People fill the San Diego city council chambers at a hearing over a proposed ordinance that would ban encampments on public land in the city of San Diego, April 13, 2023. The Documenters program is based on the idea that democracy works best when everyone is engaged and involved. (Zoë Meyers/inewsource)

Why this matters

American life is built on democracy, and healthy, informed communities depend on residents who are active, educated and involved.

Today, we celebrate U.S. Democracy Day with a gift to the community. We are launching the inewsource Documenters, a new program based on a very old idea: Democracy works best when everyone is engaged and involved.

The Documenters will give all of you – and your children and grandchildren – an opportunity to witness local government at work and get paid for it. The program is built on the fact that public meetings such as city councils, water boards and school boards are workshops for democracy, where residents can observe, learn about and act on the systems that impact their lives.

Many urgent, local issues are aired and decided at public meetings, often without oversight by the local media, which has been painfully shrinking. The slow bleed will continue, especially in light of the sale of the region’s information bedrock, the Union-Tribune, to a vulture capital company. 

This is where you come in.

inewsource has been working for more than a year to bring the Documenters program to San Diego as a key part of our new Community Engagement Lab. We’ve raised money to run the program, hire staff and to train and pay what we hope will be a legion of Documenters in this county. Imagine: hundreds of everyday folks, proudly wearing a Documenters badge, taking notes at public meetings and posting them on a website for all to see.

Thank you to our local partners making this new program possible: Conrad Prebys Foundation, James Silberrad Brown Foundation, Parker Foundation, and Richard and Carol Hertzberg.

We foresee high school and college students getting first-hand experience with local government in action. We see parents watchdogging school board officials and flagging issues that should be further investigated. We see seniors putting their life experience to work at public meetings where important decisions are made but are rarely attended.

We see democracy in action.

Documenters was incubated at a nonprofit newsroom in Chicago, and thousands of people across 11 cities have gone through Documenters training. They attend public meetings, and post their notes on a special Documenters website. They are making local government more transparent and accessible by surfacing issues that might otherwise die in the dark. And their presence sends a message to public officials that what they say and do is being watched and magnified on the web and on social media.

Here is how the Documenters will work here:

  • All public meetings will be listed in one place on the Documenters website.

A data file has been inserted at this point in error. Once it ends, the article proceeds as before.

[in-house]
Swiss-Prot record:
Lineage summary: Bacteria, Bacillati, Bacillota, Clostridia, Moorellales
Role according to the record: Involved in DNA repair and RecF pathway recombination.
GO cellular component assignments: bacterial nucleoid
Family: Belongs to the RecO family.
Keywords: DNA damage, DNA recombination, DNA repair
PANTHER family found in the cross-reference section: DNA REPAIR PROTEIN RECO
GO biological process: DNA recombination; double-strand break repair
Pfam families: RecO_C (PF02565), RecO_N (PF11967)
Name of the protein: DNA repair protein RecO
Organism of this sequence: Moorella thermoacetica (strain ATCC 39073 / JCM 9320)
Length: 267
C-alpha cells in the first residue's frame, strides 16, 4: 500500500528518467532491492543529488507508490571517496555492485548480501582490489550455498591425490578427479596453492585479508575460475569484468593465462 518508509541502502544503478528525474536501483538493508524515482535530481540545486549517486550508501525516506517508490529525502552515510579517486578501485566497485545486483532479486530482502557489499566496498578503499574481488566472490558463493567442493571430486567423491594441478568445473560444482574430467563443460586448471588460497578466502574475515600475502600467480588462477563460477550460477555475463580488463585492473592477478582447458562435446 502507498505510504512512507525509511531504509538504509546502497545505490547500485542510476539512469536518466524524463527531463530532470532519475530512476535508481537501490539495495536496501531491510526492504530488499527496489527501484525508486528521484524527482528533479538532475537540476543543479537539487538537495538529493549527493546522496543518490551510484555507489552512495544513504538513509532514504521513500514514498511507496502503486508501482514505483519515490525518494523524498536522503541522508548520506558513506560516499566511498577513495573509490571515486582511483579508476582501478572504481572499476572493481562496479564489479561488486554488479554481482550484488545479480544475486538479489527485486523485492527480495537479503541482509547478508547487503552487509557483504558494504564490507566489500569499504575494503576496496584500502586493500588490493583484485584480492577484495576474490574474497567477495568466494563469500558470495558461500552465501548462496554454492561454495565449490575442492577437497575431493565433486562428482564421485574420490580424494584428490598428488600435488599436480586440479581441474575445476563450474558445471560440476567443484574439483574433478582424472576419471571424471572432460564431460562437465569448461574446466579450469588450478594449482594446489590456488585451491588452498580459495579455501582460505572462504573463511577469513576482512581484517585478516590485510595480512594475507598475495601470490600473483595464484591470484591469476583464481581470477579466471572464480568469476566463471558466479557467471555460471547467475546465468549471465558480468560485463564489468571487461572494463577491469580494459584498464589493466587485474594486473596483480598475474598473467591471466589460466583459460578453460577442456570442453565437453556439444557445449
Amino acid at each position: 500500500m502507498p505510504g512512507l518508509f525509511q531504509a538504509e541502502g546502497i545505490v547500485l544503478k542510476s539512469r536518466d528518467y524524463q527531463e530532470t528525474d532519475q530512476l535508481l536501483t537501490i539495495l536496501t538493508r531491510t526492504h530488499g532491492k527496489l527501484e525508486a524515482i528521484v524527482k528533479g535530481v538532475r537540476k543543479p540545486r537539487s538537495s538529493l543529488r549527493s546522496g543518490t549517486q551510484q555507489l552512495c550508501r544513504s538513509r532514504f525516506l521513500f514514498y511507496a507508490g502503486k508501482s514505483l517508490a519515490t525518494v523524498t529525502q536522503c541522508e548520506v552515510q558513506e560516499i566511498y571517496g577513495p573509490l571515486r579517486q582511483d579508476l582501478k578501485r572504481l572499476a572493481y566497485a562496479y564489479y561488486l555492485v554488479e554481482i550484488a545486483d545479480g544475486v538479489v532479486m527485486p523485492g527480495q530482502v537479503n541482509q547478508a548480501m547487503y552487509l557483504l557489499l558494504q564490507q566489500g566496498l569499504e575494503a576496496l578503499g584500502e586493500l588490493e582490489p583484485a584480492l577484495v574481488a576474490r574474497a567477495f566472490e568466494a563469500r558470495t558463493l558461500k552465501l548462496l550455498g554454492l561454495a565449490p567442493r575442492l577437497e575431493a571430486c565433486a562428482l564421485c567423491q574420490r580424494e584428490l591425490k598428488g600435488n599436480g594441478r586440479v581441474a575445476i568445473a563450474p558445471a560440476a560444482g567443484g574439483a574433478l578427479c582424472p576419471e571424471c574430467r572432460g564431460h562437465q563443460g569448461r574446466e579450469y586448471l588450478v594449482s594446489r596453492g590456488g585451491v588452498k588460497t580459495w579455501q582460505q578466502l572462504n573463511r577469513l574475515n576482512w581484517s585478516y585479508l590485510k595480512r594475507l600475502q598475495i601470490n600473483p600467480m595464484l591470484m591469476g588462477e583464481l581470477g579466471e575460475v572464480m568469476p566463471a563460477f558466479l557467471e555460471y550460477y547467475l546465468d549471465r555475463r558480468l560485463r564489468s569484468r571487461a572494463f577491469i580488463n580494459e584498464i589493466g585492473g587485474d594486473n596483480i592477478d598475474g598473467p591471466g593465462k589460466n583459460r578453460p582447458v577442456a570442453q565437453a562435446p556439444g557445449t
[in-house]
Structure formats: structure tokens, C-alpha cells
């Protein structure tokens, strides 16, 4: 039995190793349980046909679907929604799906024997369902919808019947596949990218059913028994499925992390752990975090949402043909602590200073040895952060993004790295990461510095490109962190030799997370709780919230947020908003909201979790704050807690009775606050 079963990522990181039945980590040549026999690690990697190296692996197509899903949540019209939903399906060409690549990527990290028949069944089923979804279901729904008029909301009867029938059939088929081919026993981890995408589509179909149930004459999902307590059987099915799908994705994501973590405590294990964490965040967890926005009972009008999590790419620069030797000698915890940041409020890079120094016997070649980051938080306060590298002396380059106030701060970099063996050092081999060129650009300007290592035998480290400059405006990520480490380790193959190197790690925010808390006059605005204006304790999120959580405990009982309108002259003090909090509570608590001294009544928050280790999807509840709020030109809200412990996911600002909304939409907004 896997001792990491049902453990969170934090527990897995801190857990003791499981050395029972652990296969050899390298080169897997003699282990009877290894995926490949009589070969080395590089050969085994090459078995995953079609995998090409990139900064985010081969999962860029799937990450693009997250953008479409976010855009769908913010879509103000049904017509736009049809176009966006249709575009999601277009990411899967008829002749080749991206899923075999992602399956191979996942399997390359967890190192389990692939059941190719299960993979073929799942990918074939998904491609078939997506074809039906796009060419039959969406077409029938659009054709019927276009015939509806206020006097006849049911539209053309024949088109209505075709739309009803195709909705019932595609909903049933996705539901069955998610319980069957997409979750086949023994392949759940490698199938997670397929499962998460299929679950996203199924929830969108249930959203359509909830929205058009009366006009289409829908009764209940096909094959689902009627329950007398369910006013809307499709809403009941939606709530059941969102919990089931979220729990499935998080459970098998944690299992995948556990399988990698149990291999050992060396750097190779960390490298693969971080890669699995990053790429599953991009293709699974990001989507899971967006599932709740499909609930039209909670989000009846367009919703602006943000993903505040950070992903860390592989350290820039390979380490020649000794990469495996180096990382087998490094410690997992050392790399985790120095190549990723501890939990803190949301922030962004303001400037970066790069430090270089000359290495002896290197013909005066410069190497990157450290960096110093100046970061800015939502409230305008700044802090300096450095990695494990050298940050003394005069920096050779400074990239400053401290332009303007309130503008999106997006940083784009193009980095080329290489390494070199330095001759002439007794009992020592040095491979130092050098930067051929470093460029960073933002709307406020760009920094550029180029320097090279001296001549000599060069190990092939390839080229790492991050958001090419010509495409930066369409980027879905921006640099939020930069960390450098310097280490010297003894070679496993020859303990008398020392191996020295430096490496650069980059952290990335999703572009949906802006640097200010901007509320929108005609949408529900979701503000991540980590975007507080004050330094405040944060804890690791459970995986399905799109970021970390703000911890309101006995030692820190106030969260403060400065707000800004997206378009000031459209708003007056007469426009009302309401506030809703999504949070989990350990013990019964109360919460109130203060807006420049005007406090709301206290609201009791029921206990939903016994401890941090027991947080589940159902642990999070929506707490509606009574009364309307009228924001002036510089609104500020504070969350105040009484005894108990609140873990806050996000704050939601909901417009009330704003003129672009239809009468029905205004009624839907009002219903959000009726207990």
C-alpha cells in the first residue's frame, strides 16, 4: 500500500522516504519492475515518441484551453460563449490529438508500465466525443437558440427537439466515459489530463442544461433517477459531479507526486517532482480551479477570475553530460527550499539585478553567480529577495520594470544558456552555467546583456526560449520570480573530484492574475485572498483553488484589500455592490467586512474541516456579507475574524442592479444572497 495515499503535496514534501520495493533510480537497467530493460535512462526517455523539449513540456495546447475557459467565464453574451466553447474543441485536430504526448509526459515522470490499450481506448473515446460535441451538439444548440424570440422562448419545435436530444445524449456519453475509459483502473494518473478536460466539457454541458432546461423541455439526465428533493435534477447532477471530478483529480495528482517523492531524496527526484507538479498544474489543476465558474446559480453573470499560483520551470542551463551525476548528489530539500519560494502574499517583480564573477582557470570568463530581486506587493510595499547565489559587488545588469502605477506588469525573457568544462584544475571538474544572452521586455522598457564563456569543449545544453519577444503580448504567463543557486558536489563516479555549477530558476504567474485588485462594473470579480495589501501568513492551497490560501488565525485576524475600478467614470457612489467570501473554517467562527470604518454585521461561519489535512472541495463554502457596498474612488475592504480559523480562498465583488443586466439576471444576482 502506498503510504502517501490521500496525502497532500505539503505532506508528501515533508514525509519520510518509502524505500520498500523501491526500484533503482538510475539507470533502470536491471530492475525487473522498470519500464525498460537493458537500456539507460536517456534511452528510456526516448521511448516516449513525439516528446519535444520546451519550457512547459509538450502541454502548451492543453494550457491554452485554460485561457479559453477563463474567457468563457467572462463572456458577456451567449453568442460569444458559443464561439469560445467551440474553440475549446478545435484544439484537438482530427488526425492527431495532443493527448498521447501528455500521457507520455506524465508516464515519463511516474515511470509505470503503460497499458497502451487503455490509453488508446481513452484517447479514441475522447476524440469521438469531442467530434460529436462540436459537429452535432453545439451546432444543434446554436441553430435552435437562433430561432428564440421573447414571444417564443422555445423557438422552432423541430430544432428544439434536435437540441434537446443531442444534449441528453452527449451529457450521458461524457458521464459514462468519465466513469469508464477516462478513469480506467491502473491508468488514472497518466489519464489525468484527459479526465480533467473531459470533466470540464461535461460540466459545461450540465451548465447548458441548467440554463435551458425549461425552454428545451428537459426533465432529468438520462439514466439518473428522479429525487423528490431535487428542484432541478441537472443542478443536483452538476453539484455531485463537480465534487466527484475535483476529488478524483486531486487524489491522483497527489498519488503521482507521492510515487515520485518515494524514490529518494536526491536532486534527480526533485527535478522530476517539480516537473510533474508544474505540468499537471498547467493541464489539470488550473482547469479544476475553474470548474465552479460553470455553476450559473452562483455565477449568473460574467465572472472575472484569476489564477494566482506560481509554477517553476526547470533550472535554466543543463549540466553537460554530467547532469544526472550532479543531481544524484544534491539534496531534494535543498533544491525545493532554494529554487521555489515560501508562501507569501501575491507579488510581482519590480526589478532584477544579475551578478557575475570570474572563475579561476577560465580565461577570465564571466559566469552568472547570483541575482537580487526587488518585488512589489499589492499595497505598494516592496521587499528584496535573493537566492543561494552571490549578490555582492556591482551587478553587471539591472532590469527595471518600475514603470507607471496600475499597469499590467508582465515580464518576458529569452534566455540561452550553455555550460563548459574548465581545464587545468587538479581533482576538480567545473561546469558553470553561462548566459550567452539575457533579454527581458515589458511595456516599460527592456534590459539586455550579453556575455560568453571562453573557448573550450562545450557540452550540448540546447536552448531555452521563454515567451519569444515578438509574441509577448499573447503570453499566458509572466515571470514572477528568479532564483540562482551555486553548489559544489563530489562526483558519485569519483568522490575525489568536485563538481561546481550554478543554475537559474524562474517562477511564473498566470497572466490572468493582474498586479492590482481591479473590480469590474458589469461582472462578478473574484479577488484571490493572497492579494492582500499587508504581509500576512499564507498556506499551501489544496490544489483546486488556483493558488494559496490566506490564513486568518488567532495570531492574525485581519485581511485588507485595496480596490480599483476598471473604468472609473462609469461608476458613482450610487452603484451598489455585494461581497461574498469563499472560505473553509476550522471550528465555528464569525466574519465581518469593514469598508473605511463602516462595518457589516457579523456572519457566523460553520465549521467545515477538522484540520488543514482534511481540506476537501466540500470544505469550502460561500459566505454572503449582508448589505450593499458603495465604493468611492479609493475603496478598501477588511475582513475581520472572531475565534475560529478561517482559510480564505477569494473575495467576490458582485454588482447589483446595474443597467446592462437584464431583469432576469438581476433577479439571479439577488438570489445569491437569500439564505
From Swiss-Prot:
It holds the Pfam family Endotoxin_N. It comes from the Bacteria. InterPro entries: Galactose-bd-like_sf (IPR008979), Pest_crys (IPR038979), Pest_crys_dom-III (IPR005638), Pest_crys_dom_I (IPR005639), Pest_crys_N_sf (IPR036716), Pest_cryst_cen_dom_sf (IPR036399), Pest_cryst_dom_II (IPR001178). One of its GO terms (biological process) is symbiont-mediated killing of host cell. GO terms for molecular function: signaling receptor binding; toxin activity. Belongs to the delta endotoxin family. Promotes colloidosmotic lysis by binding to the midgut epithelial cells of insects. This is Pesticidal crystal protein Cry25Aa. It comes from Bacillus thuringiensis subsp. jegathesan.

• People interested in becoming a Documenter will be trained by our staff and volunteers on all aspects of public meetings. How do you read an agenda? How do you find support materials for items on the agenda? How do you act, where do you sit, where do you submit your notes? 
  • Documenters will choose a public meeting they want to attend. As independent contractors, they will be paid $20 an hour for prep time, meeting attendance and note posting. (If you need help with transportation, you can talk to us to make arrangements.) You will receive a byline on your notes.
  • The program manager and an assistant will coordinate the Documenters’ time, edit notes and post on the website. 

Because San Diego County is such a big place, we are starting the Documenters program in the southern neighborhoods of San Diego and across the South Bay, areas of our county where important community stories are often overlooked by traditional media. Once we are up and running, we will welcome suggestions for expansion to other cities and communities.

We are working with City Bureau in Chicago to build out the San Diego County part of the Documenters website, where there will be a listing of all the public meetings we hope will be attended.

Based on the experience of other Documenters programs, we are soaring with excitement and confidence. Here are some success stories from this new type of participatory media from around the country:

We hope you are as excited about this opportunity as we are. To find out more about the Documenters, check out the main website where San Diego County will be listed soon.If you’d like to comment on the program or let us know of your early interest, please contact us at

This article is part of U.S. Democracy Day, a nationwide collaborative on Sept. 15, the International Day of Democracy, in which news organizations cover how democracy works and the threats it faces.

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Blog: Updates from the newsroom on philanthropy, awards, staff and more.

Lorie Hearn is the chief executive officer and editor of inewsource. She is a lifelong news-aholic who started her reporting career writing her Girl Scout newsletter at age 12. High school and college were filled with school newspaper work, and after graduation, she worked as a reporter for newspapers...